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United States History

Standard 11.Understands the extension, restriction, and reorganization of political democracy after 1800
  Level II (Grade 5-6)
   1. Understands elements of suffrage in the antebellum years (e.g., contradictions between the movement for universal white male suffrage and disenfranchisement of free African Americans and women, the influence of the West and western politicians in supporting equality in the political process)
   2. Understands why the election of Andrew Jackson was considered a victory for the "common man (e.g., the "spoils system," Jackson's interest in providing the "common man" with opportunities to serve in the government)
   3. Understands divisive issues prior to the Civil War (e.g., the Missouri Compromise and its role in determining slave and non-slave land areas, the issues that divided the North and the South)
  Level III (Grade 7-8)
   1. Understands political influences and views after 1800 (e.g., the impact of changes in electoral qualifications for white males on local, state, and national politics; how President Jackson’s position on the bank recharter and nullification issues contributed to the rise of the Whig party)
   2. Understands the major events and issues that promoted sectional conflicts and strained national cohesiveness in the antebellum period (e.g., support and opposition of the Missouri Compromise of 1820, the debate over slavery from the late 1830s to the Compromise of 1850)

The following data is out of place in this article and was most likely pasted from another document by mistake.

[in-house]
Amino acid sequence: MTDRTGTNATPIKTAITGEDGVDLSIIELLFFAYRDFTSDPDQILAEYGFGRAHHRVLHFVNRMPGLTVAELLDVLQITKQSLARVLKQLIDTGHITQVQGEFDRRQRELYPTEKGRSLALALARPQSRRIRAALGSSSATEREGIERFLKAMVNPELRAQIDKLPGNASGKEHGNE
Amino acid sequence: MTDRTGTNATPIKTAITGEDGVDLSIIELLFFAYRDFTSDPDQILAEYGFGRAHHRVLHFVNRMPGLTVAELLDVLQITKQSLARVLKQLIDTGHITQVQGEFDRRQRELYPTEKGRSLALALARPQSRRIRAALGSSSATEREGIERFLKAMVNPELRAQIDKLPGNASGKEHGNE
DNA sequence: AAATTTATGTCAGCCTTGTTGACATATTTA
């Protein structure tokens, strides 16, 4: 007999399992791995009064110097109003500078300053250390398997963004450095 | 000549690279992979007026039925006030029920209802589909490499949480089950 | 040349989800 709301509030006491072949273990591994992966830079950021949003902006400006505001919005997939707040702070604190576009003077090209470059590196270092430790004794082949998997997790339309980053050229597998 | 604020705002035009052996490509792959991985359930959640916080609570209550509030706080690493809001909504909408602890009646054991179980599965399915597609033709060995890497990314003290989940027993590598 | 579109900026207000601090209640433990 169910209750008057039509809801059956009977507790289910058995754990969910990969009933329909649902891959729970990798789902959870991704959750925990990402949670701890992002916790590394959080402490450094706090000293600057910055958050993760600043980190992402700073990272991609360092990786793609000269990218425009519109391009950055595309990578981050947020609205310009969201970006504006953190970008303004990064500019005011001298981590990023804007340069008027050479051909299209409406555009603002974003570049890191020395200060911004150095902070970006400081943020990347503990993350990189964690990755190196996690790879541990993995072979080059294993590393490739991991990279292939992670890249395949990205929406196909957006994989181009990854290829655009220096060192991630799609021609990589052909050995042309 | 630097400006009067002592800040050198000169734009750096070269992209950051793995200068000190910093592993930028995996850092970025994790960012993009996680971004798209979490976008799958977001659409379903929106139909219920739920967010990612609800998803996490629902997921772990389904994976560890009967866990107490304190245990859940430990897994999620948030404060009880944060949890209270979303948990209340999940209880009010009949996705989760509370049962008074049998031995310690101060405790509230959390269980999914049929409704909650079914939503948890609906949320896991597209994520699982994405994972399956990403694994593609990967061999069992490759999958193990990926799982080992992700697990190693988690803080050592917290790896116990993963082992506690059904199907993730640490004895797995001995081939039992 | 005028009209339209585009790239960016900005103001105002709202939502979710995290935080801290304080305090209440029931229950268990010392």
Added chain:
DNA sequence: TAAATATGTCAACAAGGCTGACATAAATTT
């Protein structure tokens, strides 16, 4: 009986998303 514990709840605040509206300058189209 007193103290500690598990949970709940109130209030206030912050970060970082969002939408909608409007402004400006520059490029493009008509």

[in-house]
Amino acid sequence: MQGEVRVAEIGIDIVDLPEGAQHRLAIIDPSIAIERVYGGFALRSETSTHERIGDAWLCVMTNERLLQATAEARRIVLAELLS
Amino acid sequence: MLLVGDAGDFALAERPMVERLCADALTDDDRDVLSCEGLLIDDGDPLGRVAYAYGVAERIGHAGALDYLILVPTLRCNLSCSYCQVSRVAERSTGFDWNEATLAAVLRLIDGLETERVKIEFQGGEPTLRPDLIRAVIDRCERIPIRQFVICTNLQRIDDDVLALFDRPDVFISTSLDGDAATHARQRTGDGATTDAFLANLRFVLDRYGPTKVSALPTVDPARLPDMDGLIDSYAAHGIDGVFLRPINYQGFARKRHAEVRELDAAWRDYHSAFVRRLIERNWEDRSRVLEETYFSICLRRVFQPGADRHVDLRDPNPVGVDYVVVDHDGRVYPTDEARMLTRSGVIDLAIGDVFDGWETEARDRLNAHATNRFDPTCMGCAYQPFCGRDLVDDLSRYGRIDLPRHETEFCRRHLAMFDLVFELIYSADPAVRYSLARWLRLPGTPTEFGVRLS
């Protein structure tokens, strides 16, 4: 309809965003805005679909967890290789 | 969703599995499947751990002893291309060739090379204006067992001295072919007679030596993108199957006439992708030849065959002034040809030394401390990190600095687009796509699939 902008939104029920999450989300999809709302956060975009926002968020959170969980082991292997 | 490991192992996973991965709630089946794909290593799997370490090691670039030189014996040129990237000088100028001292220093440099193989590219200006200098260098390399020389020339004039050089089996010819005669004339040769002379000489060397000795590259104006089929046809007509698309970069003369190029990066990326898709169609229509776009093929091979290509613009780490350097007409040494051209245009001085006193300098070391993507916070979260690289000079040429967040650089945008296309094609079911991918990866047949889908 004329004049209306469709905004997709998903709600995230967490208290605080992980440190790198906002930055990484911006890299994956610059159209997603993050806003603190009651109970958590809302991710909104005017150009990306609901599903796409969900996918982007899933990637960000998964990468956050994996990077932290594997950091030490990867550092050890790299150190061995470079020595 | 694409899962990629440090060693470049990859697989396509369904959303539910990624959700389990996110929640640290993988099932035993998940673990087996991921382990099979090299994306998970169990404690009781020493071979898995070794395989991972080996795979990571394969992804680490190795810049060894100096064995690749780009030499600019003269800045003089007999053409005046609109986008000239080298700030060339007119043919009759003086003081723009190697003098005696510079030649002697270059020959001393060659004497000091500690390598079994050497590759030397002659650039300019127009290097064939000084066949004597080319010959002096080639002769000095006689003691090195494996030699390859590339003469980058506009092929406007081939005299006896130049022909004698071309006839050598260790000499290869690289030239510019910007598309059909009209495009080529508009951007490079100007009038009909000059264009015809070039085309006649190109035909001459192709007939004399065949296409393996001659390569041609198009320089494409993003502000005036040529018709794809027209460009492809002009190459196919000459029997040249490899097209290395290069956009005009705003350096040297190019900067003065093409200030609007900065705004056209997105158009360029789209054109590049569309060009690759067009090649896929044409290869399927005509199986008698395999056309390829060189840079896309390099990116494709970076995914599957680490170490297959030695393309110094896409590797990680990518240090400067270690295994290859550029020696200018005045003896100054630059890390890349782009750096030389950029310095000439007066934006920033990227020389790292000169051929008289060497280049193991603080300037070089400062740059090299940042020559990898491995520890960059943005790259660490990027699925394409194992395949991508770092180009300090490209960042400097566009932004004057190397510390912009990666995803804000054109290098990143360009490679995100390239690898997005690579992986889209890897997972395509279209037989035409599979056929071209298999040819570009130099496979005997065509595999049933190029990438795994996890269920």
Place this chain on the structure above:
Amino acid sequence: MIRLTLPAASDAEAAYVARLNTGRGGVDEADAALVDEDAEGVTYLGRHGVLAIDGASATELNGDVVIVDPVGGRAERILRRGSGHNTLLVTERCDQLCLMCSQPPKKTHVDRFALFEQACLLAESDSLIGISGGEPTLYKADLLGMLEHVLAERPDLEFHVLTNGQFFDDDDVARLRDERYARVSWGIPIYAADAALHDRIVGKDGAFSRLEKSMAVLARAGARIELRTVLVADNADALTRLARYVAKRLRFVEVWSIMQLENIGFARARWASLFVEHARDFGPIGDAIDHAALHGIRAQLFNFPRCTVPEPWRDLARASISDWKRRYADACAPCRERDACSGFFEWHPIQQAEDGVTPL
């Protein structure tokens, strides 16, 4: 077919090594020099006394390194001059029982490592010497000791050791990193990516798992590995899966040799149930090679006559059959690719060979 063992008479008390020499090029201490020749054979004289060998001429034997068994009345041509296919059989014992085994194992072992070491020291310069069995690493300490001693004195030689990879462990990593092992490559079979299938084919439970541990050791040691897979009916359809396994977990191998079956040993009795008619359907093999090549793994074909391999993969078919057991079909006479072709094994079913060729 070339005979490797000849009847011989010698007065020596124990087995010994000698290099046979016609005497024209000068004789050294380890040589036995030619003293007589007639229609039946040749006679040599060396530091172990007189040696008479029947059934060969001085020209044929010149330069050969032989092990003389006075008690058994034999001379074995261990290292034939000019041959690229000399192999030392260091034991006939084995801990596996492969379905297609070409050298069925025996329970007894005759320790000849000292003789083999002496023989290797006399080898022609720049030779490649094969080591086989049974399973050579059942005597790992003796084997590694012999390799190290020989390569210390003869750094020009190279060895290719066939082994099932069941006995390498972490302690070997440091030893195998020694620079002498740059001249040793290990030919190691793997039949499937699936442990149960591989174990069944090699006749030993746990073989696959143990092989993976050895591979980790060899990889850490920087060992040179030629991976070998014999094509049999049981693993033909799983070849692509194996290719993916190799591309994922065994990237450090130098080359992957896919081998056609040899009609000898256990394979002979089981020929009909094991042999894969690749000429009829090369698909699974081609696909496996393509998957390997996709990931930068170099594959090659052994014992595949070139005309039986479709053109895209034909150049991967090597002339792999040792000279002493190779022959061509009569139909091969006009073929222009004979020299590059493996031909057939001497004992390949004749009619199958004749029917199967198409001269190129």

3. Understands how tariff policy and issues of state's rights influenced party development and promoted sectional differences (e.g., the political positions of Whigs and Democrats on important issues in 1832, how platform issues had special appeal to different sections of the country)
  Level IV (Grade 9-12)
   1. Understands increased political activity in the first half of the 19th century (e.g., the importance of state and local issues, the rise of interest-group politics, and the style of campaigning in increasing voter participation; factors that affected the vitality of the National Republican, Democratic, Whig, and "Know-Nothing" parties)
   2. Understands the positions of northern antislavery advocates and southern proslavery spokesmen on a variety of issues (e.g., race, chattel slavery, the nature of the Union, states’ rights, Lincoln-Douglas debates)